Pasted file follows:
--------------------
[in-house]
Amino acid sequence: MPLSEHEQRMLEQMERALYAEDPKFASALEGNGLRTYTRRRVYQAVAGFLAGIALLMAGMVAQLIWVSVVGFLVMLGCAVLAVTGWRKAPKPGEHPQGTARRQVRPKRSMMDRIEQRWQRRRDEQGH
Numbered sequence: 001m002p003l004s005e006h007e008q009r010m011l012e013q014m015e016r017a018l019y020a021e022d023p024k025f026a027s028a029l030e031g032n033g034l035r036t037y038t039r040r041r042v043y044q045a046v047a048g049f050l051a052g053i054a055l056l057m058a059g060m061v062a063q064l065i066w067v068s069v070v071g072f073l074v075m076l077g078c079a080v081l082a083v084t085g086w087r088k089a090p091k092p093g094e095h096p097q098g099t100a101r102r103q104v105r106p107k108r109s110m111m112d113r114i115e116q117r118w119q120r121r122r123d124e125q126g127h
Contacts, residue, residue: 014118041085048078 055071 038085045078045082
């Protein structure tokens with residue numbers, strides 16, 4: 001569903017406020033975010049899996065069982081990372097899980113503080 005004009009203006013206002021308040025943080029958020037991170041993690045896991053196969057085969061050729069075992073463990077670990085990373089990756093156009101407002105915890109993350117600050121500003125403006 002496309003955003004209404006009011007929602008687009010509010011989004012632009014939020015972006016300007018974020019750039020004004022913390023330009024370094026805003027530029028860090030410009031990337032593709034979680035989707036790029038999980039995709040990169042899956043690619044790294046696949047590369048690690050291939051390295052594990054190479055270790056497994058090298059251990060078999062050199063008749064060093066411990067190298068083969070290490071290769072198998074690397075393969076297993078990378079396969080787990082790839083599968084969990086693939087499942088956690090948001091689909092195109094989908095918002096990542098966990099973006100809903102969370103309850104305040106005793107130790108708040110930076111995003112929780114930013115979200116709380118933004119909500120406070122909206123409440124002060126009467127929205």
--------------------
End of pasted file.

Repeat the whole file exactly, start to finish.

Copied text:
[in-house]
Amino acid sequence: MPLSEHEQRMLEQMERALYAEDPKFASALEGNGLRTYTRRRVYQAVAGFLAGIALLMAGMVAQLIWVSVVGFLVMLGCAVLAVTGWRKAPKPGEHPQGTARRQVRPKRSMMDRIEQRWQRRRDEQGH
Numbered sequence: 001m002p003l004s005e006h007e008q009r010m011l012e013q014m015e016r017a018l019y020a021e022d023p024k025f026a027s028a029l030e031g032n033g034l035r036t037y038t039r040r041r042v043y044q045a046v047a048g049f050l051a052g053i054a055l056l057m058a059g060m061v062a063q064l065i066w067v068s069v070v071g072f073l074v075m076l077g078c079a080v081l082a083v084t085g086w087r088k089a090p091k092p093g094e095h096p097q098g099t100a101r102r103q104v105r106p107k108r109s110m111m112d113r114i115e116q117r118w119q120r121r122r123d124e125q126g127h
Contacts, residue, residue: 014118041085048078 055071 038085045078045082
């Protein structure tokens with residue numbers, strides 16, 4: 001569903017406020033975010049899996065069982081990372097899980113503080 005004009009203006013206002021308040025943080029958020037991170041993690045896991053196969057085969061050729069075992073463990077670990085990373089990756093156009101407002105915890109993350117600050121500003125403006 002496309003955003004209404006009011007929602008687009010509010011989004012632009014939020015972006016300007018974020019750039020004004022913390023330009024370094026805003027530029028860090030410009031990337032593709034979680035989707036790029038999980039995709040990169042899956043690619044790294046696949047590369048690690050291939051390295052594990054190479055270790056497994058090298059251990060078999062050199063008749064060093066411990067190298068083969070290490071290769072198998074690397075393969076297993078990378079396969080787990082790839083599968084969990086693939087499942088956690090948001091689909092195109094989908095918002096990542098966990099973006100809903102969370103309850104305040106005793107130790108708040110930076111995003112929780114930013115979200116709380118933004119909500120406070122909206123409440124002060126009467127929205």